The Sovereign Wealth Fund Institute’s quarterly global asset owner survey earlier this year found that respondents rank trade wars and protectionism as the largest tail risk. But it seems the SWFs, as major concentrations of sovereign investment strength, are not particularly concerned that their own activities could be curtailed by protectionism, and are still focused on the broader macroeconomy. The survey finds no major shifting of investment stance, citing many funds as being in a holding pattern, waiting for opportunities to deploy more cash.
There are still warning bells being rung over SWF activity, though this is hardly new. Alarmist reports of SWFs as ‘the new foreign menace” go back over ten years to 2008. Yet in 2018, you have Foreign Policy magazine running articles warning that “Nations Are Wielding Their Sovereign Wealth Funds as Tools of Power”. In practice, SWFs have hardly borne out such fears. Aside from their roles as relatively benign holders of listed assets, SWFs tend to be scrupulous adherents of national regulations when making big-ticket investments.
Given the typical assets under management and ideal investment size of an SWF, a takeover or buyout by a sovereign fund will usually involve approval by the competition authority or other relevant regulator in the target country. SWFs will therefore seek to give all possible reassurances to governments in order to be able to continue investing and growing their large capital pools.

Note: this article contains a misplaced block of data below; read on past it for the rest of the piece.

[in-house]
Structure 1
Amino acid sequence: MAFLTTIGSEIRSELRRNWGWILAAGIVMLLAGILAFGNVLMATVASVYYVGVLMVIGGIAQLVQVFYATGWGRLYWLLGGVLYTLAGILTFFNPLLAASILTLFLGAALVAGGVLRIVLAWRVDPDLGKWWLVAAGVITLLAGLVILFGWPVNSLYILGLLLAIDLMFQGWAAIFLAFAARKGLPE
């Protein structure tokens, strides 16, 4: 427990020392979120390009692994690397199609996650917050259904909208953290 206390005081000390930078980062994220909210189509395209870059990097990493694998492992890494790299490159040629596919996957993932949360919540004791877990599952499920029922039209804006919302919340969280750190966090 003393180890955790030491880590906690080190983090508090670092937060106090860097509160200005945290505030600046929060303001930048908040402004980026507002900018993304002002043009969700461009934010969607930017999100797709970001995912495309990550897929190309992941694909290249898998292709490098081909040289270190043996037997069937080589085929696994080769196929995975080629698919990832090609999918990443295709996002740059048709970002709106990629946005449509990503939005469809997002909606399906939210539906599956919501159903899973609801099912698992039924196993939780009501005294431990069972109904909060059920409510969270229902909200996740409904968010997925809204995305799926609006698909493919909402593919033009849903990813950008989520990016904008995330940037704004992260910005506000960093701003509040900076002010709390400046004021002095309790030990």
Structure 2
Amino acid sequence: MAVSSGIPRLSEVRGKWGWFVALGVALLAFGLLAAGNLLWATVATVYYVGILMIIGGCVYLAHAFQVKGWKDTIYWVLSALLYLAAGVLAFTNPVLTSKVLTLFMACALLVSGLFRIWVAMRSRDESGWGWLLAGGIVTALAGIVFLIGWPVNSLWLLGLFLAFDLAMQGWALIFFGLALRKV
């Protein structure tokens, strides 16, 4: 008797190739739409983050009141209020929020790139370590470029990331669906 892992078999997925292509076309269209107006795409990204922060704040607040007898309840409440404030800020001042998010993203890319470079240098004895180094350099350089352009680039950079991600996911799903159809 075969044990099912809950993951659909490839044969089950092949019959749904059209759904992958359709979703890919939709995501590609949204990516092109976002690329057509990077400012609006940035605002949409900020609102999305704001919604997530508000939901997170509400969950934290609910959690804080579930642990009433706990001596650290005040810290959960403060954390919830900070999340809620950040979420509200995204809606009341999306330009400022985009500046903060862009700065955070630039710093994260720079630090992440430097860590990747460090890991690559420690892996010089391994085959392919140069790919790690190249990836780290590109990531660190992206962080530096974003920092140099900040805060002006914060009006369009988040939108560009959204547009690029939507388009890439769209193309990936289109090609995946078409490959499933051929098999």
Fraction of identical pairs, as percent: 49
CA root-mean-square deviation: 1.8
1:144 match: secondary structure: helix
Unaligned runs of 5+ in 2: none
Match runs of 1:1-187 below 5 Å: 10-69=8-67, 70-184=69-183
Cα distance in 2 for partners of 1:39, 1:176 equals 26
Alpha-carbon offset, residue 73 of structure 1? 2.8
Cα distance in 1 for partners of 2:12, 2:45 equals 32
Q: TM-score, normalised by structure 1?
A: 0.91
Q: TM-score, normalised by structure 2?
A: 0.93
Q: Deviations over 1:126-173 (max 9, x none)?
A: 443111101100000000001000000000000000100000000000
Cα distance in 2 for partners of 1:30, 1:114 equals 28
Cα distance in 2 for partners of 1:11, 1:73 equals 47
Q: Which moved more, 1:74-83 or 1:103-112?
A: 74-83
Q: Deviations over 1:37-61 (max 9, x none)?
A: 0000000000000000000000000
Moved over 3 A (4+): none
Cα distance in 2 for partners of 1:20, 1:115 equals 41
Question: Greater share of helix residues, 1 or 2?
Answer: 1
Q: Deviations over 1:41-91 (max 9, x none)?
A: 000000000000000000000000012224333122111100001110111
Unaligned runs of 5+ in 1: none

The head of China Investment Corporation, China’s SWF, was still making optimistic public statements about investments in US companies in mid-2018, stating that fears over these were “unnecessary”.
SWFs do inevitably raise questions about the sovereign entities behind them. In the case of Saudi Arabia’s Public Investment Fund, that’s especially pertinent because it’s uncertain whether the sovereign entity is Saudi Arabia as a nation, or the House of Saud. Saudi Arabia, after all, still has the dubious distinction of being listed in Wikipedia as an absolute monarchy, and its much-criticised record on human rights is surely linked to that status.
Yet the Saudi Arabian fund appears to have few anxieties that it might lose access to US markets. But if governments object to investments by SWFs on grounds of political incompatibility and respect for international norms, then what can they say about the Public Investment Fund?